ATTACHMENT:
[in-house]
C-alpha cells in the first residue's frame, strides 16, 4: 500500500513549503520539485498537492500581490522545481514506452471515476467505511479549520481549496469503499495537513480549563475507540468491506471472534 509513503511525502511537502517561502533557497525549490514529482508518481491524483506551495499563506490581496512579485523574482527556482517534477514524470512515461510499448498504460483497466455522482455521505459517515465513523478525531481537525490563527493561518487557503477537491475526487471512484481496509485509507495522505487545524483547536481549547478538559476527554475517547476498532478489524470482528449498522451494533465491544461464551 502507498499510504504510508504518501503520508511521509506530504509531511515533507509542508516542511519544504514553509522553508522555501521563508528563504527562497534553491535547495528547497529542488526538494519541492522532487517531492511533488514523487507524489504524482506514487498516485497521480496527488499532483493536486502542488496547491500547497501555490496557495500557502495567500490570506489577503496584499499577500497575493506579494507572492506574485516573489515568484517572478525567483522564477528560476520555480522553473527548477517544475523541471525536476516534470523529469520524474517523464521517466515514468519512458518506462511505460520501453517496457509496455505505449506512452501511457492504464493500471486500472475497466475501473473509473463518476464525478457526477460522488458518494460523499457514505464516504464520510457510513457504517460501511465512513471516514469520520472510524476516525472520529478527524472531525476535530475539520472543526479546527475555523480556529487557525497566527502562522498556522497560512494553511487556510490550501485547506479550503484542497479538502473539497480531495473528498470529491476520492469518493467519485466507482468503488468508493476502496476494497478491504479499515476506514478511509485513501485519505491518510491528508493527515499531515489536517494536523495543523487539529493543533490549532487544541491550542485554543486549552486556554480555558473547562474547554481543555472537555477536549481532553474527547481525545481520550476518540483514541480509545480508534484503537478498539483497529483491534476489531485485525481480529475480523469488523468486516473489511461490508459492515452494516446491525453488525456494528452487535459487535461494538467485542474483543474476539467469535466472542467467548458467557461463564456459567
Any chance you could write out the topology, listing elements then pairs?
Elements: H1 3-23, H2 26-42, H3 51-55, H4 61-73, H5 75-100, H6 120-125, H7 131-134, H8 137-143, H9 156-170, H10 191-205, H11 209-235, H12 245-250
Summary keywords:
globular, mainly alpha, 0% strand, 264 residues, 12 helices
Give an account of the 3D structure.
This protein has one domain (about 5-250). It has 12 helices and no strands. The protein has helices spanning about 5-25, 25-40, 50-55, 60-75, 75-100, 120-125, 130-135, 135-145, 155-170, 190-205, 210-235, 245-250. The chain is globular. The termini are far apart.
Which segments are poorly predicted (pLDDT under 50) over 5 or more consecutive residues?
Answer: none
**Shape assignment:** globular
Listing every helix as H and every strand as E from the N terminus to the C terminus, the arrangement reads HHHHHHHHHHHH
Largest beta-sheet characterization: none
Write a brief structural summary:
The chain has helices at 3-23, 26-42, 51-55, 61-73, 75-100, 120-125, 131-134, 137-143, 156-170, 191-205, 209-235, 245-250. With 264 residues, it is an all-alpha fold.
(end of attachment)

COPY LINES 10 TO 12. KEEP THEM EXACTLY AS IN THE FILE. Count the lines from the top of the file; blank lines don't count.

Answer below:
Answer: none
**Shape assignment:** globular
Listing every helix as H and every strand as E from the N terminus to the C terminus, the arrangement reads HHHHHHHHHHHH